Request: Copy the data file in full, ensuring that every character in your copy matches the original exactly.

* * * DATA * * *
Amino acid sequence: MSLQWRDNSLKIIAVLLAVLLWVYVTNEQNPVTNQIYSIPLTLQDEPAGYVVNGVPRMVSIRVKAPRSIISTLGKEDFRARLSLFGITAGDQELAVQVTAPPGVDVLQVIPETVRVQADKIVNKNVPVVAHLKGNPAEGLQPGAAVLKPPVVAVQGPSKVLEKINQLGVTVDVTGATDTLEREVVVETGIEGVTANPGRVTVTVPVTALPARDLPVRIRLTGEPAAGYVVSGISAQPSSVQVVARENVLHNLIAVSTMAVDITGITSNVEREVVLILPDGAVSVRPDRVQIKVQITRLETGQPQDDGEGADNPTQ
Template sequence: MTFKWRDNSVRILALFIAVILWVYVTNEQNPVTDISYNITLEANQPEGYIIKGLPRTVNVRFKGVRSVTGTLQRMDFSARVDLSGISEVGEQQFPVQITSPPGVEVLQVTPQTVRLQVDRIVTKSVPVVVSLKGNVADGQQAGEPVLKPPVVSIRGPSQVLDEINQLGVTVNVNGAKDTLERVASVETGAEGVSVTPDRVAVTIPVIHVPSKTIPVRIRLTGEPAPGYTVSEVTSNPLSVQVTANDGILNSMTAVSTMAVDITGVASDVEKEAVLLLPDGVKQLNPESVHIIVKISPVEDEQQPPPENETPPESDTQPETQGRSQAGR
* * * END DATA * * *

Amino acid sequence: MSLQWRDNSLKIIAVLLAVLLWVYVTNEQNPVTNQIYSIPLTLQDEPAGYVVNGVPRMVSIRVKAPRSIISTLGKEDFRARLSLFGITAGDQELAVQVTAPPGVDVLQVIPETVRVQADKIVNKNVPVVAHLKGNPAEGLQPGAAVLKPPVVAVQGPSKVLEKINQLGVTVDVTGATDTLEREVVVETGIEGVTANPGRVTVTVPVTALPARDLPVRIRLTGEPAAGYVVSGISAQPSSVQVVARENVLHNLIAVSTMAVDITGITSNVEREVVLILPDGAVSVRPDRVQIKVQITRLETGQPQDDGEGADNPTQ
Template sequence: MTFKWRDNSVRILALFIAVILWVYVTNEQNPVTDISYNITLEANQPEGYIIKGLPRTVNVRFKGVRSVTGTLQRMDFSARVDLSGISEVGEQQFPVQITSPPGVEVLQVTPQTVRLQVDRIVTKSVPVVVSLKGNVADGQQAGEPVLKPPVVSIRGPSQVLDEINQLGVTVNVNGAKDTLERVASVETGAEGVSVTPDRVAVTIPVIHVPSKTIPVRIRLTGEPAPGYTVSEVTSNPLSVQVTANDGILNSMTAVSTMAVDITGVASDVEKEAVLLLPDGVKQLNPESVHIIVKISPVEDEQQPPPENETPPESDTQPETQGRSQAGR